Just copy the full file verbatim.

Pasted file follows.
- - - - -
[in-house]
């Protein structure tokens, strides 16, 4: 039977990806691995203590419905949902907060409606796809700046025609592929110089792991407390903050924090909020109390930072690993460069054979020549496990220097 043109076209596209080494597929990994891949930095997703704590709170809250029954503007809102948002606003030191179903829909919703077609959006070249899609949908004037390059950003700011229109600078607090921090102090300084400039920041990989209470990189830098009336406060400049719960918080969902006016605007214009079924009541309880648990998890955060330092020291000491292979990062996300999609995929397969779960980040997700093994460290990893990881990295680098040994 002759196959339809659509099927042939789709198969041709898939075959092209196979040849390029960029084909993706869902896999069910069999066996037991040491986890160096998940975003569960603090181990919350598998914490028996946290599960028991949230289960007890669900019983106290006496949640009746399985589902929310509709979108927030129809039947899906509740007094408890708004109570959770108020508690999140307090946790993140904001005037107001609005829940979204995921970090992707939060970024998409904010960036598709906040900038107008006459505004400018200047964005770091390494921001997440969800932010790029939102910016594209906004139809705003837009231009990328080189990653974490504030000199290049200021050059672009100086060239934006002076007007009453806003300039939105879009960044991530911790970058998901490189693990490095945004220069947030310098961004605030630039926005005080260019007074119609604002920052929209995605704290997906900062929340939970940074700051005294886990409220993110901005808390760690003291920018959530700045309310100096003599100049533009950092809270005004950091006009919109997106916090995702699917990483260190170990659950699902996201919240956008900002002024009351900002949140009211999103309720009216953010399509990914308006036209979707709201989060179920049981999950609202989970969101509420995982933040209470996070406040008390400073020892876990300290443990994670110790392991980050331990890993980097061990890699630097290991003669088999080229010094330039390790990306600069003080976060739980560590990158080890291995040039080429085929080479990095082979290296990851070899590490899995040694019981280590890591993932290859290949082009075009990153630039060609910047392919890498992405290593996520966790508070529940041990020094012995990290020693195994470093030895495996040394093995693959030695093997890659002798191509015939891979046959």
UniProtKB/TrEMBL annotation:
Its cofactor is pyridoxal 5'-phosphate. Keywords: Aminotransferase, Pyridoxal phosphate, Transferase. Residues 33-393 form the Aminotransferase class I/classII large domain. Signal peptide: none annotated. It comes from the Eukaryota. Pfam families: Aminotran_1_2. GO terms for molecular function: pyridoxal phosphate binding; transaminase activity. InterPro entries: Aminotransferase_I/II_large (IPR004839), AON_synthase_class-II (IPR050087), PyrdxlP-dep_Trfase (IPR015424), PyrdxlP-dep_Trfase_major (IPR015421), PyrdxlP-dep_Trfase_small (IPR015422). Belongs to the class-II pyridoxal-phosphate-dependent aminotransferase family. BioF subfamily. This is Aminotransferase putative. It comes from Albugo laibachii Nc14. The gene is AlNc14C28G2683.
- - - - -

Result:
[in-house]
């Protein structure tokens, strides 16, 4: 039977990806691995203590419905949902907060409606796809700046025609592929110089792991407390903050924090909020109390930072690993460069054979020549496990220097 043109076209596209080494597929990994891949930095997703704590709170809250029954503007809102948002606003030191179903829909919703077609959006070249899609949908004037390059950003700011229109600078607090921090102090300084400039920041990989209470990189830098009336406060400049719960918080969902006016605007214009079924009541309880648990998890955060330092020291000491292979990062996300999609995929397969779960980040997700093994460290990893990881990295680098040994 002759196959339809659509099927042939789709198969041709898939075959092209196979040849390029960029084909993706869902896999069910069999066996037991040491986890160096998940975003569960603090181990919350598998914490028996946290599960028991949230289960007890669900019983106290006496949640009746399985589902929310509709979108927030129809039947899906509740007094408890708004109570959770108020508690999140307090946790993140904001005037107001609005829940979204995921970090992707939060970024998409904010960036598709906040900038107008006459505004400018200047964005770091390494921001997440969800932010790029939102910016594209906004139809705003837009231009990328080189990653974490504030000199290049200021050059672009100086060239934006002076007007009453806003300039939105879009960044991530911790970058998901490189693990490095945004220069947030310098961004605030630039926005005080260019007074119609604002920052929209995605704290997906900062929340939970940074700051005294886990409220993110901005808390760690003291920018959530700045309310100096003599100049533009950092809270005004950091006009919109997106916090995702699917990483260190170990659950699902996201919240956008900002002024009351900002949140009211999103309720009216953010399509990914308006036209979707709201989060179920049981999950609202989970969101509420995982933040209470996070406040008390400073020892876990300290443990994670110790392991980050331990890993980097061990890699630097290991003669088999080229010094330039390790990306600069003080976060739980560590990158080890291995040039080429085929080479990095082979290296990851070899590490899995040694019981280590890591993932290859290949082009075009990153630039060609910047392919890498992405290593996520966790508070529940041990020094012995990290020693195994470093030895495996040394093995693959030695093997890659002798191509015939891979046959």
UniProtKB/TrEMBL annotation:
Its cofactor is pyridoxal 5'-phosphate. Keywords: Aminotransferase, Pyridoxal phosphate, Transferase. Residues 33-393 form the Aminotransferase class I/classII large domain. Signal peptide: none annotated. It comes from the Eukaryota. Pfam families: Aminotran_1_2. GO terms for molecular function: pyridoxal phosphate binding; transaminase activity. InterPro entries: Aminotransferase_I/II_large (IPR004839), AON_synthase_class-II (IPR050087), PyrdxlP-dep_Trfase (IPR015424), PyrdxlP-dep_Trfase_major (IPR015421), PyrdxlP-dep_Trfase_small (IPR015422). Belongs to the class-II pyridoxal-phosphate-dependent aminotransferase family. BioF subfamily. This is Aminotransferase putative. It comes from Albugo laibachii Nc14. The gene is AlNc14C28G2683.